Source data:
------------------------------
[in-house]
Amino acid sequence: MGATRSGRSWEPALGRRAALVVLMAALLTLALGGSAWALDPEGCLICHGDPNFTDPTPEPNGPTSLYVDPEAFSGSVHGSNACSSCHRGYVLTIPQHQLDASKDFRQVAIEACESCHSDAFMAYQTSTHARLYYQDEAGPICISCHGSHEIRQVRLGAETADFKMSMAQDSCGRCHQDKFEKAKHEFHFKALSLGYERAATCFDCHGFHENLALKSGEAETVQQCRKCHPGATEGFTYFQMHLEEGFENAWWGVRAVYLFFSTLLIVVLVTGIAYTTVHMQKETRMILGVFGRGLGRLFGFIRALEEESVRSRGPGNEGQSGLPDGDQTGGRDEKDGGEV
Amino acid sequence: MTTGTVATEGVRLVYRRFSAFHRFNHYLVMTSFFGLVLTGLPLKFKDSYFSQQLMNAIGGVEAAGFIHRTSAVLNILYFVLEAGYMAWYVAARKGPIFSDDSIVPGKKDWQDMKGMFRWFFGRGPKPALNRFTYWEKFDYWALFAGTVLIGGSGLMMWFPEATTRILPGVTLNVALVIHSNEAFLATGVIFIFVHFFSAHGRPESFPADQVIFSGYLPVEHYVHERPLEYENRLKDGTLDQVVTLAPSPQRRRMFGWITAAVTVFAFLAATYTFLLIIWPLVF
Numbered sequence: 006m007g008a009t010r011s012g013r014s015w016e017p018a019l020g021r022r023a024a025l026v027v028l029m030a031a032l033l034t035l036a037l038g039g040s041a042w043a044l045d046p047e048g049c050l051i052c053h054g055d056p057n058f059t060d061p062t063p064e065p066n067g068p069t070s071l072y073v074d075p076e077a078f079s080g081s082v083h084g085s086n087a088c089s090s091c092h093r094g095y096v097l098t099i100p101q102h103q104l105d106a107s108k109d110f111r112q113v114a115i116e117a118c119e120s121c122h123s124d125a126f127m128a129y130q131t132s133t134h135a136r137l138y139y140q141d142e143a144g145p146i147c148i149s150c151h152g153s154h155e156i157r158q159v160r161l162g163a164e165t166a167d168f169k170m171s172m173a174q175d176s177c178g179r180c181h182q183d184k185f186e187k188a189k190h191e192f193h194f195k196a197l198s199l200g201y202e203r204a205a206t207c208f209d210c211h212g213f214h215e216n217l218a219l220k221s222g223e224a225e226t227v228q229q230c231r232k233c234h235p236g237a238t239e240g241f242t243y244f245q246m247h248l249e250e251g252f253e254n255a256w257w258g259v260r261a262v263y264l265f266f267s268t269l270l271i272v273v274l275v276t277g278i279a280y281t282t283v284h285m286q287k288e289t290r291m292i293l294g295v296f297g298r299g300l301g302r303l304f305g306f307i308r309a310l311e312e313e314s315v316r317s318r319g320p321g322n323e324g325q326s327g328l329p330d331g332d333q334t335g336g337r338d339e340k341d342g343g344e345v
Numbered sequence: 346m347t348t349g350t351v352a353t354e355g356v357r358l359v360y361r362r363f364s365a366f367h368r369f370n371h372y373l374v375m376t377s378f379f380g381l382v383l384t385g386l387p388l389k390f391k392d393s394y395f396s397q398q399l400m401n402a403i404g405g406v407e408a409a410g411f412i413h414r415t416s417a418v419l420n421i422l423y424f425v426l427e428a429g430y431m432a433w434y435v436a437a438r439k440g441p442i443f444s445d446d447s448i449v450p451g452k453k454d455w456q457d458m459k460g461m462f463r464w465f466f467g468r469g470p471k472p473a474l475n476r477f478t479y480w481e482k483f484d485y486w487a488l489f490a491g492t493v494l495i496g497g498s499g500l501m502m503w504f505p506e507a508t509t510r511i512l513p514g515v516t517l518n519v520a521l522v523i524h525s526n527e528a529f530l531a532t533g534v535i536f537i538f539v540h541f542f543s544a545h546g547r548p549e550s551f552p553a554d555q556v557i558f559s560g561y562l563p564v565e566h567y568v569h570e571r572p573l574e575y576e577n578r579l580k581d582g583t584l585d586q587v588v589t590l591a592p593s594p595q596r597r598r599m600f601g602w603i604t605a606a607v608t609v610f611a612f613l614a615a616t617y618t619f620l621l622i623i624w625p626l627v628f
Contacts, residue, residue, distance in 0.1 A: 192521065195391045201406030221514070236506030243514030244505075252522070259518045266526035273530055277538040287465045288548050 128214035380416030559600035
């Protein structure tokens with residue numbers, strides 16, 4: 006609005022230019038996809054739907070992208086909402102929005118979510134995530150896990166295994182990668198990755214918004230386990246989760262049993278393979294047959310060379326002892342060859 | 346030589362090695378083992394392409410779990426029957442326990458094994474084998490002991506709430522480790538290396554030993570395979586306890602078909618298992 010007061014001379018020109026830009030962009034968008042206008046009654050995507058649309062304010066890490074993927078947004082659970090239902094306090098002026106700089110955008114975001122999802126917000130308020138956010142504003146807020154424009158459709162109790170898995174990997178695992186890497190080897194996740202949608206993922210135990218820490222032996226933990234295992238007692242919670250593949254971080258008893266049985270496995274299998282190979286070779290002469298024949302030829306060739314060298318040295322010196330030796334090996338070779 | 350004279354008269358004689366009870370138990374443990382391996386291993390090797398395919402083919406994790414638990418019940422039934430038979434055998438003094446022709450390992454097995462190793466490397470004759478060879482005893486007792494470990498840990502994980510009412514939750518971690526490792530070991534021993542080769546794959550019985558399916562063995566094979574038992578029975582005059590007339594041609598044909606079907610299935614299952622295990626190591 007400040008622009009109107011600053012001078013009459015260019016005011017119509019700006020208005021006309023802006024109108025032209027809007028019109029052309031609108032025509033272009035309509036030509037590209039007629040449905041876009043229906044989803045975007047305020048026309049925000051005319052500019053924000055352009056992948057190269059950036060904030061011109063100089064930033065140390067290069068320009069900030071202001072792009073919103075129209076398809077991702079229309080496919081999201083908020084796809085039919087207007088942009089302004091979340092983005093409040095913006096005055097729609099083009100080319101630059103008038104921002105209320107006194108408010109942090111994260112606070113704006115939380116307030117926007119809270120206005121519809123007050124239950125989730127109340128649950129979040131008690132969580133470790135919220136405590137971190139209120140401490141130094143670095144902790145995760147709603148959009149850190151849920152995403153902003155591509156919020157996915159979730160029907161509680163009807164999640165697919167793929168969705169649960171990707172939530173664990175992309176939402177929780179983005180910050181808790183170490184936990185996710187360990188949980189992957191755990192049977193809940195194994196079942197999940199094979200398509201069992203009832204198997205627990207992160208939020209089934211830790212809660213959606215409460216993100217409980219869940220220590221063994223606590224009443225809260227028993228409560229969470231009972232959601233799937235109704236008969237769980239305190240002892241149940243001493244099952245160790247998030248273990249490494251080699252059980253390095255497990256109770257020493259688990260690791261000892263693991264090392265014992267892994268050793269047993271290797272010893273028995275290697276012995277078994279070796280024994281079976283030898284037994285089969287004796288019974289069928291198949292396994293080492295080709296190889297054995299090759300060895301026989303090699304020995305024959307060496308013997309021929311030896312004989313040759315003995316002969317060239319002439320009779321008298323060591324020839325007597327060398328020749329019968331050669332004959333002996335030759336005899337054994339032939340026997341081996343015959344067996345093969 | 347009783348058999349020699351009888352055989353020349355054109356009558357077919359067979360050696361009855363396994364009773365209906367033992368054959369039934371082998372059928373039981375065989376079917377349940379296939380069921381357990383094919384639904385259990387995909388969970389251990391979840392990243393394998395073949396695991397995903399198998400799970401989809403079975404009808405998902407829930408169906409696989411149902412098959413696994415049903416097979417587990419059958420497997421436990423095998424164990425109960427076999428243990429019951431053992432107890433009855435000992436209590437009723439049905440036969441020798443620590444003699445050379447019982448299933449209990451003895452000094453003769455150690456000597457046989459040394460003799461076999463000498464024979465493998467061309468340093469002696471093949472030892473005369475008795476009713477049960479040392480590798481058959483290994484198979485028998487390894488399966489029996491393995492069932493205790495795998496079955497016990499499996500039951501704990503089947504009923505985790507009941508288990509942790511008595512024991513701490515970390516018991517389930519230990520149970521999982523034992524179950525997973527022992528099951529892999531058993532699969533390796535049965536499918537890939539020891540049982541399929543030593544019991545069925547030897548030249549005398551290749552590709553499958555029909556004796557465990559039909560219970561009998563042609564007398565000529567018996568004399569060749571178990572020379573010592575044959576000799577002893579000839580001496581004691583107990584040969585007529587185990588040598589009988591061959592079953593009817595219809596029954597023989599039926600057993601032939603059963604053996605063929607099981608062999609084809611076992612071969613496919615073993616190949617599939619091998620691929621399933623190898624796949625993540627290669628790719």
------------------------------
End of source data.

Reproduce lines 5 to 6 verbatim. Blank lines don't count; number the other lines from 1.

Numbered sequence: 346m347t348t349g350t351v352a353t354e355g356v357r358l359v360y361r362r363f364s365a366f367h368r369f370n371h372y373l374v375m376t377s378f379f380g381l382v383l384t385g386l387p388l389k390f391k392d393s394y395f396s397q398q399l400m401n402a403i404g405g406v407e408a409a410g411f412i413h414r415t416s417a418v419l420n421i422l423y424f425v426l427e428a429g430y431m432a433w434y435v436a437a438r439k440g441p442i443f444s445d446d447s448i449v450p451g452k453k454d455w456q457d458m459k460g461m462f463r464w465f466f467g468r469g470p471k472p473a474l475n476r477f478t479y480w481e482k483f484d485y486w487a488l489f490a491g492t493v494l495i496g497g498s499g500l501m502m503w504f505p506e507a508t509t510r511i512l513p514g515v516t517l518n519v520a521l522v523i524h525s526n527e528a529f530l531a532t533g534v535i536f537i538f539v540h541f542f543s544a545h546g547r548p549e550s551f552p553a554d555q556v557i558f559s560g561y562l563p564v565e566h567y568v569h570e571r572p573l574e575y576e577n578r579l580k581d582g583t584l585d586q587v588v589t590l591a592p593s594p595q596r597r598r599m600f601g602w603i604t605a606a607v608t609v610f611a612f613l614a615a616t617y618t619f620l621l622i623i624w625p626l627v628f
Contacts, residue, residue, distance in 0.1 A: 192521065195391045201406030221514070236506030243514030244505075252522070259518045266526035273530055277538040287465045288548050 128214035380416030559600035